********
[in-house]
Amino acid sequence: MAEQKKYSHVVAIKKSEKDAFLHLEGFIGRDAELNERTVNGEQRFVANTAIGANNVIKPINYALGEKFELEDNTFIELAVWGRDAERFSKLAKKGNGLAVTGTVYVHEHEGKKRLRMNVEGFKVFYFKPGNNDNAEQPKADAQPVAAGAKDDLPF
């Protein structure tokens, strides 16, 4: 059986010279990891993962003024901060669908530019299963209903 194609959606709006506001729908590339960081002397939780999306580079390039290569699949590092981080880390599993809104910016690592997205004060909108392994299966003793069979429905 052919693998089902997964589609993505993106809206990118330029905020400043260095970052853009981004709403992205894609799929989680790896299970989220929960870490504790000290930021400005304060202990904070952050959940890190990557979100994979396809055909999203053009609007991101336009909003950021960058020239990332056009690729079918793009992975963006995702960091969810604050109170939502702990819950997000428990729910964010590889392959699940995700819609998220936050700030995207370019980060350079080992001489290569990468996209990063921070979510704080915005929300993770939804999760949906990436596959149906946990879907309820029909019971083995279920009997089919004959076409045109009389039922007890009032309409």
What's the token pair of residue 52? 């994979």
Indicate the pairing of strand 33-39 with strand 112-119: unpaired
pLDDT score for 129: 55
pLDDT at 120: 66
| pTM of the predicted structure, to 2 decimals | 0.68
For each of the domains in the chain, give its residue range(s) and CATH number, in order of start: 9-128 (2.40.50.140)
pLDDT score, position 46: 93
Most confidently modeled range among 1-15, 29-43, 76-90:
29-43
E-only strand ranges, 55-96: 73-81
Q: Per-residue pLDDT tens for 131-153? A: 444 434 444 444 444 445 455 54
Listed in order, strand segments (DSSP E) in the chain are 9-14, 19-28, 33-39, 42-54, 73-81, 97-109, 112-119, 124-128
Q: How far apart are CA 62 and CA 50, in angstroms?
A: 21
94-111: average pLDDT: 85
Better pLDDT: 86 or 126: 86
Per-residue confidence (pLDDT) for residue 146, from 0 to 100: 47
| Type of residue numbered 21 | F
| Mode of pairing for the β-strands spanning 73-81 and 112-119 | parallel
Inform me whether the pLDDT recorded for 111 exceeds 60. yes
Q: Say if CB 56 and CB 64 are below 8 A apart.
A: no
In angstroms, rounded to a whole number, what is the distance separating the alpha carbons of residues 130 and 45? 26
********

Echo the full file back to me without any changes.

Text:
[in-house]
Amino acid sequence: MAEQKKYSHVVAIKKSEKDAFLHLEGFIGRDAELNERTVNGEQRFVANTAIGANNVIKPINYALGEKFELEDNTFIELAVWGRDAERFSKLAKKGNGLAVTGTVYVHEHEGKKRLRMNVEGFKVFYFKPGNNDNAEQPKADAQPVAAGAKDDLPF
């Protein structure tokens, strides 16, 4: 059986010279990891993962003024901060669908530019299963209903 194609959606709006506001729908590339960081002397939780999306580079390039290569699949590092981080880390599993809104910016690592997205004060909108392994299966003793069979429905 052919693998089902997964589609993505993106809206990118330029905020400043260095970052853009981004709403992205894609799929989680790896299970989220929960870490504790000290930021400005304060202990904070952050959940890190990557979100994979396809055909999203053009609007991101336009909003950021960058020239990332056009690729079918793009992975963006995702960091969810604050109170939502702990819950997000428990729910964010590889392959699940995700819609998220936050700030995207370019980060350079080992001489290569990468996209990063921070979510704080915005929300993770939804999760949906990436596959149906946990879907309820029909019971083995279920009997089919004959076409045109009389039922007890009032309409």
What's the token pair of residue 52? 């994979």
Indicate the pairing of strand 33-39 with strand 112-119: unpaired
pLDDT score for 129: 55
pLDDT at 120: 66
| pTM of the predicted structure, to 2 decimals | 0.68
For each of the domains in the chain, give its residue range(s) and CATH number, in order of start: 9-128 (2.40.50.140)
pLDDT score, position 46: 93
Most confidently modeled range among 1-15, 29-43, 76-90:
29-43
E-only strand ranges, 55-96: 73-81
Q: Per-residue pLDDT tens for 131-153? A: 444 434 444 444 444 445 455 54
Listed in order, strand segments (DSSP E) in the chain are 9-14, 19-28, 33-39, 42-54, 73-81, 97-109, 112-119, 124-128
Q: How far apart are CA 62 and CA 50, in angstroms?
A: 21
94-111: average pLDDT: 85
Better pLDDT: 86 or 126: 86
Per-residue confidence (pLDDT) for residue 146, from 0 to 100: 47
| Type of residue numbered 21 | F
| Mode of pairing for the β-strands spanning 73-81 and 112-119 | parallel
Inform me whether the pLDDT recorded for 111 exceeds 60. yes
Q: Say if CB 56 and CB 64 are below 8 A apart.
A: no
In angstroms, rounded to a whole number, what is the distance separating the alpha carbons of residues 130 and 45? 26